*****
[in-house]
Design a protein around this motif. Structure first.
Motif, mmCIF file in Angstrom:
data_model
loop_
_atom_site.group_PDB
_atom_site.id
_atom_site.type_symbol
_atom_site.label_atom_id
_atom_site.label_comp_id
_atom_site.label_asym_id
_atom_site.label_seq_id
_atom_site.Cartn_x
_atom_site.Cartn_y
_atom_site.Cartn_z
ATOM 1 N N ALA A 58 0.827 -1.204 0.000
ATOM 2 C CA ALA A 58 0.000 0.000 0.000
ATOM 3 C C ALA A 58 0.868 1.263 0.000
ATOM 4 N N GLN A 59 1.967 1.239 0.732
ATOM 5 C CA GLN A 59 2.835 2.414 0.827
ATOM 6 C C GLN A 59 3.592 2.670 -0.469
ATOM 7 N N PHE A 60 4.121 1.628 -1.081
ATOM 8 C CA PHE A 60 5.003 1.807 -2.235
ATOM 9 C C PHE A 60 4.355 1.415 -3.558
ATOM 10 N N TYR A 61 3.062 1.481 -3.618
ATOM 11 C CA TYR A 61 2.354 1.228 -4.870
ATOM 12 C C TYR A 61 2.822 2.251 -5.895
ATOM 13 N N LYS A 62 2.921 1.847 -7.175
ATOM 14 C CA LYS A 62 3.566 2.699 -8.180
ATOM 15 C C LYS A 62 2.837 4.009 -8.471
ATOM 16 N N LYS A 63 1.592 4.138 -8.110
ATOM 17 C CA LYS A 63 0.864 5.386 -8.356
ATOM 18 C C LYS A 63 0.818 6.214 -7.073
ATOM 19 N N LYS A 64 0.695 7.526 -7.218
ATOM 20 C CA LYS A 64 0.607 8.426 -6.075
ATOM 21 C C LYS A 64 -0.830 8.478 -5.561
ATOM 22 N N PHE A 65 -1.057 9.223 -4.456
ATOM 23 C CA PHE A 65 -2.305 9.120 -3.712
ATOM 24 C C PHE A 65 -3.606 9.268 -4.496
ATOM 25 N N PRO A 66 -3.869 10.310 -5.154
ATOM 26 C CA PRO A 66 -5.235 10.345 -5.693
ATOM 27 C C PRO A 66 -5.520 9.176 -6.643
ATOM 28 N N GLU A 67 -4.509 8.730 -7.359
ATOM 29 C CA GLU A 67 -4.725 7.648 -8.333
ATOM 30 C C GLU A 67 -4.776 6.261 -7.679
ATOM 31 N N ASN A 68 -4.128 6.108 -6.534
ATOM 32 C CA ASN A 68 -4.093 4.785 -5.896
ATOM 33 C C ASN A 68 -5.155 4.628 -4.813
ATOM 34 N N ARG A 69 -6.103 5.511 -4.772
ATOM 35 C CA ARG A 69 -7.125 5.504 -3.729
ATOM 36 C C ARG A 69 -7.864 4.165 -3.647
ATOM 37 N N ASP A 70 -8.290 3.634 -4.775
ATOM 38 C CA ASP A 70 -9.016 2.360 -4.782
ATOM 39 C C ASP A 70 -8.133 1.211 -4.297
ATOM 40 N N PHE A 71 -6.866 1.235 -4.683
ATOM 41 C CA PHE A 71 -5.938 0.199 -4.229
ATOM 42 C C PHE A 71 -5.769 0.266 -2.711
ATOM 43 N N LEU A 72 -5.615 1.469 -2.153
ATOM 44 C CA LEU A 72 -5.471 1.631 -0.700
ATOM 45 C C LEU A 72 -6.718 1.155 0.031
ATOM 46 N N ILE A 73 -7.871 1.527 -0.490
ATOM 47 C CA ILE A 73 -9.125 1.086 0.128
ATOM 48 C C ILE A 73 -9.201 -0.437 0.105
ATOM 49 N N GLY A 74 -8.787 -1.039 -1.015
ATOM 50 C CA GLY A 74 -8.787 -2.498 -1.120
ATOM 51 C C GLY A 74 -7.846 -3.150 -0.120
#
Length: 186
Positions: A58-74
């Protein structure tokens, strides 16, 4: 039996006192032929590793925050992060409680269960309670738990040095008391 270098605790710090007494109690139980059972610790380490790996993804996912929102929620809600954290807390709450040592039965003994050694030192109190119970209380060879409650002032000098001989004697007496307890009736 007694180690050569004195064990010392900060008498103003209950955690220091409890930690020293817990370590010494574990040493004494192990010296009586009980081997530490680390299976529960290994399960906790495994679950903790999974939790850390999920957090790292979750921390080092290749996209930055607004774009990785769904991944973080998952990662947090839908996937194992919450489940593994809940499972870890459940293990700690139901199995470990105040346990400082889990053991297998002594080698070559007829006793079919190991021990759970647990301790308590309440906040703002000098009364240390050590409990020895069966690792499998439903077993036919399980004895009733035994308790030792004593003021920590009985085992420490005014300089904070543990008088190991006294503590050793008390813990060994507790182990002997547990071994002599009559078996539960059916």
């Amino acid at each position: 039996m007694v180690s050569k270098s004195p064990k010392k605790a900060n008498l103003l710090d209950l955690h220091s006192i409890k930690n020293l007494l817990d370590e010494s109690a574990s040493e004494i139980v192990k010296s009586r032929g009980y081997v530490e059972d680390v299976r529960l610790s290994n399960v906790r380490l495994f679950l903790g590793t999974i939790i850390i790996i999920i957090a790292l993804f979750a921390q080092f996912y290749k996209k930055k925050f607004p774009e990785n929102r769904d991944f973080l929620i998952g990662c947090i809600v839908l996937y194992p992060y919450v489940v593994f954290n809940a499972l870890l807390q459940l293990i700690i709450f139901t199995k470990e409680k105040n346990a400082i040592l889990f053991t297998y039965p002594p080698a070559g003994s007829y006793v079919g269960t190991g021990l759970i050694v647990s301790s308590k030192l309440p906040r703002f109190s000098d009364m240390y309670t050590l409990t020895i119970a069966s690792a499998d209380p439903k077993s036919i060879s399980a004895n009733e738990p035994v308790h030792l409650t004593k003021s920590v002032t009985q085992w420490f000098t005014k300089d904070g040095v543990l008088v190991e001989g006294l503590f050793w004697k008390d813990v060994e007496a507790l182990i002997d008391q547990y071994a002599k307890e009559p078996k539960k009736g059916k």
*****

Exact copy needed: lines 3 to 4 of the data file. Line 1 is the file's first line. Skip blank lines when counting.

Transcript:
Motif, mmCIF file in Angstrom:
data_model